The power of Islay whisky can be overwhelming for less
experienced noses and palates. Most Islay whiskies are
very characteristic and immediately recognisable because
of their trademark peaty character. There's just one
notable exception; Bunnahabhain. This is the only distillery
on the entire island that produces an unpeated single malt.
The Bruichladdich distillery produces a fairly lightly peated
whisky, much subtler than the heavy spirit of most other
Islay distilleries. However, they also produce two heavily
peated varieties; Port Charlotte and Octomore. These two
brands should appeal more to peatheads.
Other Islay distilleries like Ardbeg have experimented with
different peating levels too. They didn't carry out these
experiments at the distillery though - all the malted barley
for the distilleries on Islay is produced at the Port Ellen
maltings on the South shore of the island.
The fact that Islay is a small island doesn't mean there aren't a lot of differences between
the malts from these eight distilleries. All three 'Kildalton' distilleries (Ardbeg, Lagavulin
and Laphroaig) produce powerful, peaty malts but they all have their own accents.
Medicinal notes like iodine and band aids usually betray a Laphroaig while a combination
of fruit, peat and organics is the mark of an Ardbeg. Caol Ila usually has plenty of peat as
well, but especially at a younger age it's lighter and more 'transparent' than the Kildalton
malts. Well, that used to be the case in the 1990's at least - nowadays the Caol Ila single
malts seem to be a little 'dirtier' with more organics and meaty notes - which is good...
That leaves the three B's which are all far less peaty, Bowmore (more smoky than peaty),
Bruichladdich (lightly peated) and Bunnahabhain (unpeated).
Please note that these differences in 'house style'
don't seem to be caused by regional factors. Except for the three 'Kildalton' distilleries, I haven't found any obvious connection between the style and character of an Islay single malt and the location of the distillery. Choices that are made during the distillation process, the maturation process and the cask selection seem much more important factors than location.
And that puts the whole 'geography' issue into perspective...
Islay is the birthplace of the peatiest malts in the world, even though more and more peat monsters
are distilled on the Scottisch mainland. As you may have picked up before, I'm not into subtlety - at least not as far as single malts are concerned.
That's why I love those 'in yer face' Islay malts; peat, smoke, salt, seaweed, iodine, liquorice, sweat and leather are just some of the typical Islay traits.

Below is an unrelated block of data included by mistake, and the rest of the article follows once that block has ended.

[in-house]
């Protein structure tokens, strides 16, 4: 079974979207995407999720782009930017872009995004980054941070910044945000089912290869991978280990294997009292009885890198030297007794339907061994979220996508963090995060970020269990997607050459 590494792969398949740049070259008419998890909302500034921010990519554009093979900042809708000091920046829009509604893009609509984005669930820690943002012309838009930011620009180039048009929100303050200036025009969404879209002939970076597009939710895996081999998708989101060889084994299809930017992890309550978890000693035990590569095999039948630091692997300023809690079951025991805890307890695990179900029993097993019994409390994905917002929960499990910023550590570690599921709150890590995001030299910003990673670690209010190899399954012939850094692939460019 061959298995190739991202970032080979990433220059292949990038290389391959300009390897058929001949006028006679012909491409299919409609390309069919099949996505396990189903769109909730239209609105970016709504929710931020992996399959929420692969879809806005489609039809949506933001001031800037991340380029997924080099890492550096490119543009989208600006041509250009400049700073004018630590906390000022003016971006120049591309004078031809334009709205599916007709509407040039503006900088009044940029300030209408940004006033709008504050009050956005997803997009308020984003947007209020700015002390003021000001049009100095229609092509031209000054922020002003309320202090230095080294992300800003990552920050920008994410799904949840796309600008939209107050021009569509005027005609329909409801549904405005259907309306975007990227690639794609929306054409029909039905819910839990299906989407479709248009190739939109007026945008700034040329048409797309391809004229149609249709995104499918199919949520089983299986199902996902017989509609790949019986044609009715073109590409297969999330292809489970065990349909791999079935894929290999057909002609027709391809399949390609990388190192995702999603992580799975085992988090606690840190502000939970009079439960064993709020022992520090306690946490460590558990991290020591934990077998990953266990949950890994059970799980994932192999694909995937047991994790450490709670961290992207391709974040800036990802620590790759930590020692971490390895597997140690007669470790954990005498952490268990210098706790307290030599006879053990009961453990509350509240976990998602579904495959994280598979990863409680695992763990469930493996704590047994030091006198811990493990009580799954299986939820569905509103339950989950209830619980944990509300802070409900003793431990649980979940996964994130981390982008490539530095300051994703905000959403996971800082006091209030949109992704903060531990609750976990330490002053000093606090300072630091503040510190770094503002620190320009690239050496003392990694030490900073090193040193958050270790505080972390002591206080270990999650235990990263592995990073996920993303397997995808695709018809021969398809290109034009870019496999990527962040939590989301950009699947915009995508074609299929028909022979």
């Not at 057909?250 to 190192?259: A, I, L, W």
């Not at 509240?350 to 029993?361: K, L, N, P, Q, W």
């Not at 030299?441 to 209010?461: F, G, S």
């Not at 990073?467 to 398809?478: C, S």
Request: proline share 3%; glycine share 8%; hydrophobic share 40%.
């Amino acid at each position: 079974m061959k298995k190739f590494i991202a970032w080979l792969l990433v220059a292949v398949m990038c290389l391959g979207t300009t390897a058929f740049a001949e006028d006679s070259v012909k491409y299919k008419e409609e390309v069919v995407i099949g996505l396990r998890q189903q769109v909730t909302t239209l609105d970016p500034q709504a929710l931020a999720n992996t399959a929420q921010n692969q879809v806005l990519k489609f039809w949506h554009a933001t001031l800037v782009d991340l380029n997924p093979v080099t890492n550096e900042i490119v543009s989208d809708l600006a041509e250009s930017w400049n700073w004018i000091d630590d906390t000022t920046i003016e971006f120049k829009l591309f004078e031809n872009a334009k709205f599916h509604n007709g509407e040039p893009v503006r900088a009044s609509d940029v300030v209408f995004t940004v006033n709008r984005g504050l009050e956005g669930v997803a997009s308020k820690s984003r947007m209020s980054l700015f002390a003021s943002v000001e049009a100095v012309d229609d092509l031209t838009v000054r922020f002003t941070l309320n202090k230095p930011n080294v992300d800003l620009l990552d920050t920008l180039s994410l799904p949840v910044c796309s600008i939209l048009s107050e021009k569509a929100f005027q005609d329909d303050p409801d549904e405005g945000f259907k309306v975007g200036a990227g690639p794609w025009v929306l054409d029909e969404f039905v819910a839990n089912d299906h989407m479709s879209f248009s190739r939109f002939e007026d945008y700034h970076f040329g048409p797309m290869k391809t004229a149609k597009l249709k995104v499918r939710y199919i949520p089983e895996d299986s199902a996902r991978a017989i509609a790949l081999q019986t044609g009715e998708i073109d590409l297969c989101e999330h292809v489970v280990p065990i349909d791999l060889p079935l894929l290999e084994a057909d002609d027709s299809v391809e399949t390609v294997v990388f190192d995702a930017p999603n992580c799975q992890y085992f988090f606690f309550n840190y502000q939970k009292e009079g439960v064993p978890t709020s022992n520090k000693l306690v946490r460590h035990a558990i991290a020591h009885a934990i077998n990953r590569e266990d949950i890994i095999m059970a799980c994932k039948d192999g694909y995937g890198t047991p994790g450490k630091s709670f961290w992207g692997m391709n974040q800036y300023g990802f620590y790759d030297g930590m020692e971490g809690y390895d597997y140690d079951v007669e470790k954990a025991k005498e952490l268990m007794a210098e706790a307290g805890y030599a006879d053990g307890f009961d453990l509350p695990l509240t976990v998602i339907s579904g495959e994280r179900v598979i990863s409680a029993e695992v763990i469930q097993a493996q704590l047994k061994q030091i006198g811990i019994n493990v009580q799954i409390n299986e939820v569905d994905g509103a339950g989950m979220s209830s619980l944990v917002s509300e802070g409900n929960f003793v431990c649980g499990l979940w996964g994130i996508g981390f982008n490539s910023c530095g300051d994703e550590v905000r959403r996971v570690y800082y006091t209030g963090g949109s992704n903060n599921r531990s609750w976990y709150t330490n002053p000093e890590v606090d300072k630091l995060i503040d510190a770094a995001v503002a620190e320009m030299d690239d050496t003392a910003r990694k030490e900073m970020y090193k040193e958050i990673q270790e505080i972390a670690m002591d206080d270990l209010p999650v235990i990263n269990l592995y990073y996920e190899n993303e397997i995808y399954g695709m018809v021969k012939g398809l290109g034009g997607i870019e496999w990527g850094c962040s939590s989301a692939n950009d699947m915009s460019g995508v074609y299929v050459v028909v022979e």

Needless to say, my trip to Islay in 2005 (together with a contingent of almost a dozen other certified malt maniacs) was a real pilgrimmage for me - or rather: a pildrammage. The picture at the left shows Serge, Olivier and Davin dramming at a rocky beach on the Oa peninsula. The trip was a truly wonderful experience; I got to see all distilleries except for Caol Ila. I can really recommend visiting Islay during the week long Islay Festival. Plenty of time to soak up the wonderful scenery...
In case you won't be able to make the trip to Islay yourself 'physically' in the
foreseeable future, I can recommend 'Peat Smoke & Spirit' - a book by
Andrew Jefford. It is very well written and tells a lot about the long - and
sometimes tragic - history of the Island. This book enables you to make
the trip 'virtually' - and will probably inspire you to try and make the trip
yourself a.s.a.p. too...
The current population of the island is circa 3,500 people, who call
themselves 'Ileachs'. It's fascinating to learn that this tiny island once
was the centre of a considerable empire. From the 14th to the 16th
century, most of the west coast of Scotland was ruled by the 'Lordship
of the Isles'. They controlled their realm from Finlaggan on Islay.
And that's not the only claim to fame from Islay; a flint arrowhead that was found near the town of Bridgend dated from circa 10,500 BC, which makes it the earliest evidence of human presence found so far in Scotland.
Please note that the peaty character of most Islay malts
isn't a real 'regional' trait. In these modern times, distilleries
on the mainland can produce peat monsters too, like Brora
and Benriach (to name just a few) have proven.
What's more, I imagine that the whiskies that were distilled
at many mainland distilleries during the 18th & 19th century
were much peatier than their modern successors. Before
railways and electricity arrived in the Highlands, peat was
an important source of fuel; at the time there were not
many forests in the area where distillers could chop wood
to fuel the fires under their stills. Coal was also hard to
transport into the remote areas of the Highlands.
So, the Port Ellen distillery isn't active anymore, but the owners managed to put aside
quite some stocks of its malt whisky. As a result, I managed to savour a few dozen very
fine expressions of Port Ellen over the years - although they are getting increasingly rare
nowadays. The good news is that the loss of Port Ellen was 'compensated' in 2005 by
the construction of a brand new Islay distillery: Kilchoman.
The weather on Islay can be rough, but the island provided a fairly safe haven
whisky distilleries. During the economic crisis of the early 1980's, many of the Scottish
distilleries were forced to close down. Especially 1983 was a bad year for single malt
whisky lovers; over a dozen distilleries were mothballed or closed permanently in that
year alone. On Islay, Port Ellen was the only malt whisky distillery to suffer closure.
And it's not even gone completely, the buildings have survived as a maltings facility that
supplies the other distilleries on Islay with malted barley.
Is the distillery or